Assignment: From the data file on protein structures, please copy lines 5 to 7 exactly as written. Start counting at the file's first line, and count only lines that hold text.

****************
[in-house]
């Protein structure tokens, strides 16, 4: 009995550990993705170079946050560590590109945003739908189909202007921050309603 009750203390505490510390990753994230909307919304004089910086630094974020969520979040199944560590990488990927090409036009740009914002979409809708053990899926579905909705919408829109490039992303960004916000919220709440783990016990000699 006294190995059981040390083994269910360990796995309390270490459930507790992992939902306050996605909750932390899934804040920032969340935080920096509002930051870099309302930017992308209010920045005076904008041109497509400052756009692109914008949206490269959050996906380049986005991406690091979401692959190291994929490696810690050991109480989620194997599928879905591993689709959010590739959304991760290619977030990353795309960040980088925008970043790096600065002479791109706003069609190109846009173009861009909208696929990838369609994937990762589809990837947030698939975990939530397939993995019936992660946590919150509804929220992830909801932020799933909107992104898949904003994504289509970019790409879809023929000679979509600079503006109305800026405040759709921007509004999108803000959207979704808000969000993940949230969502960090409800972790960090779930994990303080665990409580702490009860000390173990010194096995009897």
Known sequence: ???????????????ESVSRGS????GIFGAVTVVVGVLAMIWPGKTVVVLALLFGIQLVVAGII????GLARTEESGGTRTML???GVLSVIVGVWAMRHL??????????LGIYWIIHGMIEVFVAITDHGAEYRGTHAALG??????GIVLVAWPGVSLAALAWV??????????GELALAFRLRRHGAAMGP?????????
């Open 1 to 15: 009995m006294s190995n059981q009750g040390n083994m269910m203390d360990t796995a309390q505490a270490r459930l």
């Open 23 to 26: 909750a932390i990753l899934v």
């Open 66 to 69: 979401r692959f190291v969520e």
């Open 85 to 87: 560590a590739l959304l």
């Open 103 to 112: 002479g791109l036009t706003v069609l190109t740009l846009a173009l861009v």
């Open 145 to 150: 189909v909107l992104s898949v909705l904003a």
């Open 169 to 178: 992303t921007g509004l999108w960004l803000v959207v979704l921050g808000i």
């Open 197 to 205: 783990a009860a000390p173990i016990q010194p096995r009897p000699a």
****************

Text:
């Open 23 to 26: 909750a932390i990753l899934v």
């Open 66 to 69: 979401r692959f190291v969520e």
């Open 85 to 87: 560590a590739l959304l």